You can’t take the Indian out of the Indian

Thursday 21st December 2017 06:43 EST

I got talking with an Indian from Hyderabad who currently lives in Texas, and has an executive job for a big energy company; a Sri Lankan who lives in Canada; and a NRI from London; whilst abroad.
The topic inevitably turns to property at some point in the conversation, as it’s in the blood and psyche of the Indian. As the saying goes, you can take the Indian out of India but you cannot take the Indian out of him. They all had a passion for investing in property.

The Hyderabadi was particularly astute. He purchased property for 15 years in Hyderabad, when they were only Rs 25 Lakhs each. His goal was to buy one a year, which he did for 15 years. Now each property is worth Rs 3 Crores. This means he has a substantial amount of assets in India, well into the millions and a solid base. Now if he wants to sell up and purchase in the US, where he resides, it’s an easy move for him.
His strategy was simple, he never bought a property for more than Rs 50 Lakhs and he only purchased when the market was down. Bread and butter property, as they say. Stuff that cannot really go any lower. His thinking was simple, he saw that property in India and China would rise to match with the western world, as the world was coming to a level playing field. This is certainly true; One only has to book a hotel in Mumbai or Delhi to see the prices, and they will not bargain either. Prices are on par with London, if not higher.
He said the fool will buy a property for Rs 1 Crore and the wise man will rent from him at Rs 25,000 pm. The logic being, there is a limit to the growth of the Rs 1 Crore property, and the yield of only 3%. Whereas, if you purchase low the potential for growth is far higher.

At the time, the property price entry level was low relative to income, now there is a wide margin of difference in the multiples.
Clearly, he has done very well implementing these simple principles to his investment.
The NRI from London has done well too. She bought a property in Delhi for Rs 50 Lakhs, the property has grown to Rs 1 Crore in a few years. She was disappointed with the rental returns which were low, to be expected in India. However, with solid growth you can afford to be a little relaxed about the rental income side of investment.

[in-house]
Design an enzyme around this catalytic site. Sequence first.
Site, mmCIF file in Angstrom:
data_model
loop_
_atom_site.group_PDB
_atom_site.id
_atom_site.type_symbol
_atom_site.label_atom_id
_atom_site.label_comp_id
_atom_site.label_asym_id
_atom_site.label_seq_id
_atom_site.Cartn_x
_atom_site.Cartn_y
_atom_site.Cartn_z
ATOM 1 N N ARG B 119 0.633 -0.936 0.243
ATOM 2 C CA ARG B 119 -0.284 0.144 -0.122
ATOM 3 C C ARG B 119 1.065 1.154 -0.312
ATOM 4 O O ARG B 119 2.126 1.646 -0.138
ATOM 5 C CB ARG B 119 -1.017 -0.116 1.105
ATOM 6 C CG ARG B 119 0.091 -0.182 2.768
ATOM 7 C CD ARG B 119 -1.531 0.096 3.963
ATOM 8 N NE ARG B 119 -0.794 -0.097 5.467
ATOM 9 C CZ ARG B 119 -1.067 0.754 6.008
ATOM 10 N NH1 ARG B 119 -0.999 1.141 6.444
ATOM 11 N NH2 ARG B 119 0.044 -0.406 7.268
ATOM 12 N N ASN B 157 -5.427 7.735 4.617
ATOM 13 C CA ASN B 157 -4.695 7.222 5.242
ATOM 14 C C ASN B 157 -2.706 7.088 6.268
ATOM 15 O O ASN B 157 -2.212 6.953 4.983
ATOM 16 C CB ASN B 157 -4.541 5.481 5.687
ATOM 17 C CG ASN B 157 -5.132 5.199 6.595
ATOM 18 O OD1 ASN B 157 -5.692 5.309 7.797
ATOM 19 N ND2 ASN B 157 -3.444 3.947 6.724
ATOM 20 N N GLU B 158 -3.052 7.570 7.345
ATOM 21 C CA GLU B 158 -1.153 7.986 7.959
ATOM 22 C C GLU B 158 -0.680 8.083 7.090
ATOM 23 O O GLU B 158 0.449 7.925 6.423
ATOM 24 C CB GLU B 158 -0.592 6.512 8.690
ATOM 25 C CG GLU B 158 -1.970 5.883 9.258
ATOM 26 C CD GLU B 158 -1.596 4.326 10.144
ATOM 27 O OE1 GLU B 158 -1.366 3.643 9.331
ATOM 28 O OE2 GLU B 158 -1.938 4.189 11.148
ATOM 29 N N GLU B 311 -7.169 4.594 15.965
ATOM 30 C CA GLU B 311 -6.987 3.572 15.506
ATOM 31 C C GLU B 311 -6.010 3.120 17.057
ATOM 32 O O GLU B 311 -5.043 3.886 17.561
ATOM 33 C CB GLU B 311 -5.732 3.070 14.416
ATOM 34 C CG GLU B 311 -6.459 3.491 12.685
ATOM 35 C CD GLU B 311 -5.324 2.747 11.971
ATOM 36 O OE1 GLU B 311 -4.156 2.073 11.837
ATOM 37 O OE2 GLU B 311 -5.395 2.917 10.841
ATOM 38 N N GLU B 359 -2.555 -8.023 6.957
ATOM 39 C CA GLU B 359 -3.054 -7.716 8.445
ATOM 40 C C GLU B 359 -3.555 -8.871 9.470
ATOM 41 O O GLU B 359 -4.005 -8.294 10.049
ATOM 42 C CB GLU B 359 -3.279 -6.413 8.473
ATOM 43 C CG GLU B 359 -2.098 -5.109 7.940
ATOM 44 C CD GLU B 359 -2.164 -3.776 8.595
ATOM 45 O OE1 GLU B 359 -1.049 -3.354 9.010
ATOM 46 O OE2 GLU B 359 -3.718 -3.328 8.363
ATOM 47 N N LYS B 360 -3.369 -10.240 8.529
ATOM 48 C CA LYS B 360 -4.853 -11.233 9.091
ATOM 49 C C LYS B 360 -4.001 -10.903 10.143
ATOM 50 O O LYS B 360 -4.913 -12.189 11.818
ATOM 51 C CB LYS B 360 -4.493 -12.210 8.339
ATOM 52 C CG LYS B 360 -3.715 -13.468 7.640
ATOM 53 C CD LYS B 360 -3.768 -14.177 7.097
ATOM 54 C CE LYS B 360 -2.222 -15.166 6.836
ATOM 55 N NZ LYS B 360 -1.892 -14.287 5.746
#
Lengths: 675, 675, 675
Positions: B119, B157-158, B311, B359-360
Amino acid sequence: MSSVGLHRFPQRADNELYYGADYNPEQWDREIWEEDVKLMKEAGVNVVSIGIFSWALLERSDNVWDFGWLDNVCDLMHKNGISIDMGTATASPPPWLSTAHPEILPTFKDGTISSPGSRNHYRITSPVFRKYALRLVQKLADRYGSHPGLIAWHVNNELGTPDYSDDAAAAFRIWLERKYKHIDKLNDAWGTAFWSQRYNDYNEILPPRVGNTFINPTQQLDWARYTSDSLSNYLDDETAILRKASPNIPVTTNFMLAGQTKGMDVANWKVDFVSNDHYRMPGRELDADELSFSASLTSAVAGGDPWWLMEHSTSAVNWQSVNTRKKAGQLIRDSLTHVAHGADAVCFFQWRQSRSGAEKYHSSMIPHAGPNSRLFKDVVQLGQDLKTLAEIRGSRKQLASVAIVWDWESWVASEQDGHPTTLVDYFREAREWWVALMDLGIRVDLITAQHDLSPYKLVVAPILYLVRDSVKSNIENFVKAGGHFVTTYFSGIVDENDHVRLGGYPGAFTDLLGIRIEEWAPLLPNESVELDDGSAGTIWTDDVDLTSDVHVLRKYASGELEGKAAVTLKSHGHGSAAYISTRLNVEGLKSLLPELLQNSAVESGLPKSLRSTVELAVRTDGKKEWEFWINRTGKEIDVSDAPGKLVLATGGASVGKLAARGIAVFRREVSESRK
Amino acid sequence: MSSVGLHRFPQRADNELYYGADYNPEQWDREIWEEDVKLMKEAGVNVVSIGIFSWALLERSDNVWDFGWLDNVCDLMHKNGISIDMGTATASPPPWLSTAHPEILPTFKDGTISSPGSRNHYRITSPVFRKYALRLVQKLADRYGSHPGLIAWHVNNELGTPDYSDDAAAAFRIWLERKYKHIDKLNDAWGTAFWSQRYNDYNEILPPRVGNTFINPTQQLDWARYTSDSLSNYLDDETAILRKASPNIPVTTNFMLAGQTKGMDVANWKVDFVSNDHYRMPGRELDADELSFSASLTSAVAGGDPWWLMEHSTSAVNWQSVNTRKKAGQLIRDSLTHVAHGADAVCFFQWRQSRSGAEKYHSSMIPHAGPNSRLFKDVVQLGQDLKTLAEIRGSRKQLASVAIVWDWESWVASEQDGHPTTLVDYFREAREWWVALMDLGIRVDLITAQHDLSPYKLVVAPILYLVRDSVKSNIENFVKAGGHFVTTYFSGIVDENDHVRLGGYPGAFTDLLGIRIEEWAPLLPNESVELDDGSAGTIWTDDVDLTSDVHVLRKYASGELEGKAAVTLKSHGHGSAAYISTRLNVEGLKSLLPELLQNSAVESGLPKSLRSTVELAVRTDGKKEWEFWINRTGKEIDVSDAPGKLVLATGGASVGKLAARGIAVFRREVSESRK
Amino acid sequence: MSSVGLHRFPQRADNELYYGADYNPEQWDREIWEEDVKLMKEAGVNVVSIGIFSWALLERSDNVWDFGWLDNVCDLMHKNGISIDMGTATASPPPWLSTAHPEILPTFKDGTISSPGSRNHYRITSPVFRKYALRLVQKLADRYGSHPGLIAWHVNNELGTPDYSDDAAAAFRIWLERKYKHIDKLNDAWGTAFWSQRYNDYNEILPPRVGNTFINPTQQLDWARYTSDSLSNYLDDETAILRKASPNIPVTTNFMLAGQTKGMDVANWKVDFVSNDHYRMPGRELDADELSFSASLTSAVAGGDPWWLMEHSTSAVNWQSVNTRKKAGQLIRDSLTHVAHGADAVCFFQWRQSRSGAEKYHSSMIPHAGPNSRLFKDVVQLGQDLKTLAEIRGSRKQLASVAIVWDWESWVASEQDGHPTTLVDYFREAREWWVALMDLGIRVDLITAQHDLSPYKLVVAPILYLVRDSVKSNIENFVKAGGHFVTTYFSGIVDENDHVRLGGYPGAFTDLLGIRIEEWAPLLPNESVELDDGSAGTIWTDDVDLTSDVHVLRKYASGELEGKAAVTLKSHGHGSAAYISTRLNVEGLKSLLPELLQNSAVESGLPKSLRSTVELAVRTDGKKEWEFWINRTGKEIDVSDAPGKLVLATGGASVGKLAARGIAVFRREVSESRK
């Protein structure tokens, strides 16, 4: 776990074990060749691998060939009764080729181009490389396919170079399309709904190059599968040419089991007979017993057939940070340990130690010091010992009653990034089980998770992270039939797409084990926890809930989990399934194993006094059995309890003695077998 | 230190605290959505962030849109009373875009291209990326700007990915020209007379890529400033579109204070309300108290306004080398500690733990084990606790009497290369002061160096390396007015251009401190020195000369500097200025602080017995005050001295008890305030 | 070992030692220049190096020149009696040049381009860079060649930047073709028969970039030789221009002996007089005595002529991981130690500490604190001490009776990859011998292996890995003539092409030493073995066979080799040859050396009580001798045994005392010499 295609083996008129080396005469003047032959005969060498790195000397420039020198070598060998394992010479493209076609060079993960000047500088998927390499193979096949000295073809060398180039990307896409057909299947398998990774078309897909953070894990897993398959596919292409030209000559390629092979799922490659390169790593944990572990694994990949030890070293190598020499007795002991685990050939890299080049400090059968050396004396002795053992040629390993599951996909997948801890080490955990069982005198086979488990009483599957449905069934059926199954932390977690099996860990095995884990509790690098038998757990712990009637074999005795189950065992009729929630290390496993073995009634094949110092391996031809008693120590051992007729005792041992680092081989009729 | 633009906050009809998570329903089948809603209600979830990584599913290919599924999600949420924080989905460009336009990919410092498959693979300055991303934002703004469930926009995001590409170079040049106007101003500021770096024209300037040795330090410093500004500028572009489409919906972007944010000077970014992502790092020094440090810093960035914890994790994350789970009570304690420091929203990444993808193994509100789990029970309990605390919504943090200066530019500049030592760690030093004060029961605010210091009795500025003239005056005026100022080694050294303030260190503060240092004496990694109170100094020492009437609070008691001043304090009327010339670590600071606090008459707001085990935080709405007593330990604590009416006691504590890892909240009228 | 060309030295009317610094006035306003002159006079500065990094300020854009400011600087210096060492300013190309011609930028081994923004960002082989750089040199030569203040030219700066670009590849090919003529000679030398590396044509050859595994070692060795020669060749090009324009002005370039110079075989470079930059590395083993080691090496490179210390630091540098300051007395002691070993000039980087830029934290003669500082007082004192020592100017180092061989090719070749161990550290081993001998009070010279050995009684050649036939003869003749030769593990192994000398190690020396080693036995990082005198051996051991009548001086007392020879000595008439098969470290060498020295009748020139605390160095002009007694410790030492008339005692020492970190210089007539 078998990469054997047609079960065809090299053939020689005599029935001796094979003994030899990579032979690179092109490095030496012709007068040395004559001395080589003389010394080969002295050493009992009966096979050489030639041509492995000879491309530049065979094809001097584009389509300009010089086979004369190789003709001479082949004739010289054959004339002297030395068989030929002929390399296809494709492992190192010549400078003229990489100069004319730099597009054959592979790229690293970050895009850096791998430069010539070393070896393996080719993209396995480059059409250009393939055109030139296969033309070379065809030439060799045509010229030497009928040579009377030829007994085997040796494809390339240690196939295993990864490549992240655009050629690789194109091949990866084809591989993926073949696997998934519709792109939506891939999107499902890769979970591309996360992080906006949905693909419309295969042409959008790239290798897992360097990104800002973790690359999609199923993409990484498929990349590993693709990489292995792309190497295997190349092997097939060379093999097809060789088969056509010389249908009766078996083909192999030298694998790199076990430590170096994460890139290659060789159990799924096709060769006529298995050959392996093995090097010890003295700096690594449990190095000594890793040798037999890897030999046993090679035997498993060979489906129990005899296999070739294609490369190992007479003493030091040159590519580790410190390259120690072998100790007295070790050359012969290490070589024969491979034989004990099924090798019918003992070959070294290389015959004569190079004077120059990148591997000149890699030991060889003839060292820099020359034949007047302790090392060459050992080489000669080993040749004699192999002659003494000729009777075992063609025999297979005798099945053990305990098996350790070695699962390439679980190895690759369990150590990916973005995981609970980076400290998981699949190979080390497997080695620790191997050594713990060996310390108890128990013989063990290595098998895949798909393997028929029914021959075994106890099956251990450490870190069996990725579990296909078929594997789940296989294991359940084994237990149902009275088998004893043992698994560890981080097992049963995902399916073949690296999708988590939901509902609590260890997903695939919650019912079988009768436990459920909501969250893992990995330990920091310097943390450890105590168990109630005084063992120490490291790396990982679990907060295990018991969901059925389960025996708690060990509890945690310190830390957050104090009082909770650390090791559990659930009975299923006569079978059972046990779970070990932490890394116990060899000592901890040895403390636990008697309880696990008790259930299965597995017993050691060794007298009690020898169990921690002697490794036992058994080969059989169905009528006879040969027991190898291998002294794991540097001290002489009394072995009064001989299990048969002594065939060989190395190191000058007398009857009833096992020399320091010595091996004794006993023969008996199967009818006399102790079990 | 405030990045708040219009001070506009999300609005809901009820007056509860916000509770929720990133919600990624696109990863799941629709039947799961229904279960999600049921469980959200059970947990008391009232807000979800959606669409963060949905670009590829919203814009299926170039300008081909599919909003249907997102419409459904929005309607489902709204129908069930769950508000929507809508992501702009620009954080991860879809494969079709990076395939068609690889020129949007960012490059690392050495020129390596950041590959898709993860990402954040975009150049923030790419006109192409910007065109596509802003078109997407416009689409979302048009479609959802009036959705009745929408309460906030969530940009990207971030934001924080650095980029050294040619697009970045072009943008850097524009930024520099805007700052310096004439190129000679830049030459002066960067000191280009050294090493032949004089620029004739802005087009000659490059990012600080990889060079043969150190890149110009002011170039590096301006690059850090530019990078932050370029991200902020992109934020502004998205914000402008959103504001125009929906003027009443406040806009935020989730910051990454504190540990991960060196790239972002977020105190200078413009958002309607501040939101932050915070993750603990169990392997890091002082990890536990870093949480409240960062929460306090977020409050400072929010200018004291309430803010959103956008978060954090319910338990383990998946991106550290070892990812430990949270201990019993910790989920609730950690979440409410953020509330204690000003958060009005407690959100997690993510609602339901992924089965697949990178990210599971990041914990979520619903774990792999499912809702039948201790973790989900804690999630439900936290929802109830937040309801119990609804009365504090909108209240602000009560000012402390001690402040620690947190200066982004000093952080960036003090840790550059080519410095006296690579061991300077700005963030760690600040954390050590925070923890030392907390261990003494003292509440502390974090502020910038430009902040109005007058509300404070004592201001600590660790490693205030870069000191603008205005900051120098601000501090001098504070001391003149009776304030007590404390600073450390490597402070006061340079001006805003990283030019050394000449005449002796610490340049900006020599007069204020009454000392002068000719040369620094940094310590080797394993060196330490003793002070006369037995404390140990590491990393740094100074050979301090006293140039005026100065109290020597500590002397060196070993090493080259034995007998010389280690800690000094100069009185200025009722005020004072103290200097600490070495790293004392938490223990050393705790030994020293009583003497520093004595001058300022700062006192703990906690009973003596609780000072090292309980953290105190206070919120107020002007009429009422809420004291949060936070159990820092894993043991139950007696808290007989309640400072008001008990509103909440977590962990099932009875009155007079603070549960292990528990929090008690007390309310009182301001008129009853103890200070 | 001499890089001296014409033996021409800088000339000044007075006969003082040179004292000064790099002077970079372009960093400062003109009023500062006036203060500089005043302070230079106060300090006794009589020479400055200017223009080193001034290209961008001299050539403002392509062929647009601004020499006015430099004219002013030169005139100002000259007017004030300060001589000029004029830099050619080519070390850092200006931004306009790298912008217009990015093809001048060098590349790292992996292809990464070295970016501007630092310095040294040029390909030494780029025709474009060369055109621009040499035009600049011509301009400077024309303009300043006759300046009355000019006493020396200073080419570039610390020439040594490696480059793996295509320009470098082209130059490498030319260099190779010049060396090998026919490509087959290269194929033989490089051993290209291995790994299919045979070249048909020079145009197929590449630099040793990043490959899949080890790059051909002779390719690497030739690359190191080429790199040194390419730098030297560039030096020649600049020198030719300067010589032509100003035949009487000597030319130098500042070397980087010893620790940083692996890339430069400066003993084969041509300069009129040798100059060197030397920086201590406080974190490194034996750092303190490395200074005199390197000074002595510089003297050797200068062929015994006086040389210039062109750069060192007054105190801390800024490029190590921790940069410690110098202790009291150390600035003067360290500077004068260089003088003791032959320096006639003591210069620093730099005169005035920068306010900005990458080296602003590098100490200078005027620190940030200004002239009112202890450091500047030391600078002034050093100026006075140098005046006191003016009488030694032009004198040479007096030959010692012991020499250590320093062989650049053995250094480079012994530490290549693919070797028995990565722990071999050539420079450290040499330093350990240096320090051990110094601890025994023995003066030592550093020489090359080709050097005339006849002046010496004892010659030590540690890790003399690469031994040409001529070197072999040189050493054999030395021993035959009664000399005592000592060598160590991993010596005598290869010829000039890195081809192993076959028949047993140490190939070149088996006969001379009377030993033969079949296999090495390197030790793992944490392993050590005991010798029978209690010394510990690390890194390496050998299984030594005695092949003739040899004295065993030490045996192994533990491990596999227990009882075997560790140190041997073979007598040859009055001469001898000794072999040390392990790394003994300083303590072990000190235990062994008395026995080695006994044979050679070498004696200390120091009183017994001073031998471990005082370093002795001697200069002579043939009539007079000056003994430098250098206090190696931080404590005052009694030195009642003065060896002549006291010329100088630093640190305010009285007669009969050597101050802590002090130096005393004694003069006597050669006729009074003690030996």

The Sri Lankan chose to invest in his new home, which is Canada, where he runs a business and invests in a moderate way along with some money lending on the side.

When I said that’s all great, but you should always grow your flowers where you can water them, it resonated with all of them. The Sri Lankan nodded his head furiously, saying that many people came to him to invest overseas, but he figured if everyone is coming to Canada to invest why should he go elsewhere?

The NRI from London agreed, and felt there is a lack of control, and it’s easy to put money in but hard to get it out again. The Hyderabadi, well his watering pipe reaches all the way from Texas to Hyderabad, as he has family and connections over there which means he can get things done over the phone and laptop.


Agony Agent Is Here To Help!

Q: We have had a horrendous experience; we were not able to live in the house we rent for 23 days after the boiler failed. The landlady wanted quotes before deciding to have the boiler replaced, but the whole process was long winded and stressful. My husband and I had to chase for updates on a daily basis while, my parents kindly put us up. We have asked our landlady for 23 days off our rent but she has refused stating that she has already lost money by paying for a new boiler, blaming the previous owner of the house for using cowboys. However, I’ve heard that it may be possible to have the 23 days rent off because we could not live in the house, is this correct and how do we go about it?

A: Your landlady certainly has a very bitter view of the world to say the least! You are quite right, you are entitled to compensation for the days when you were unable to live in the property, and are also probably entitled to further compensation for the inconvenience and stress suffered by you. Strictly speaking, if compensation is not agreed between you and your landlady, you are only entitled to payment if it is awarded by the court. However, one course of action is (assuming no agreement is reached) to deduct what you think is right from your rent, and say to your landlord that if she seeks to recover this sum through the courts, you will defend and counterclaim for compensation for the loss of service and stress and inconvenience suffered by you.

If you do this, note that if the landlord then tries to recover this money back from your deposit, you should not agree to have this decided by your tenancy deposit scheme adjudication service, as I understand that compensation for disrepair is not something that adjudicators are authorised to deal with, and they may award the money to the landlord.

As it is possible that court proceedings may be brought in the future, you need to make sure you keep full details of everything that happened. So, I suggest you write it up, so you can say precisely what days you were unable to stay in the property and keep a record of any other issues.

A message to all landlords: This situation is usually easily avoided by a simple apology to the tenants and an offer of portable heaters, discount on rent or something else that shows you are human and not like the lady above. Most tenants are reasonable, and would understand that you need more than the first contractor name that comes up on Google. At Sow & Reap, we arrange this for you, so you do not have to panic yourself with the running around and getting quotes.

Richard Bond
Lettings Manager
Sow & Reap

comments powered by Disqus

to the free, weekly Asian Voice email newsletter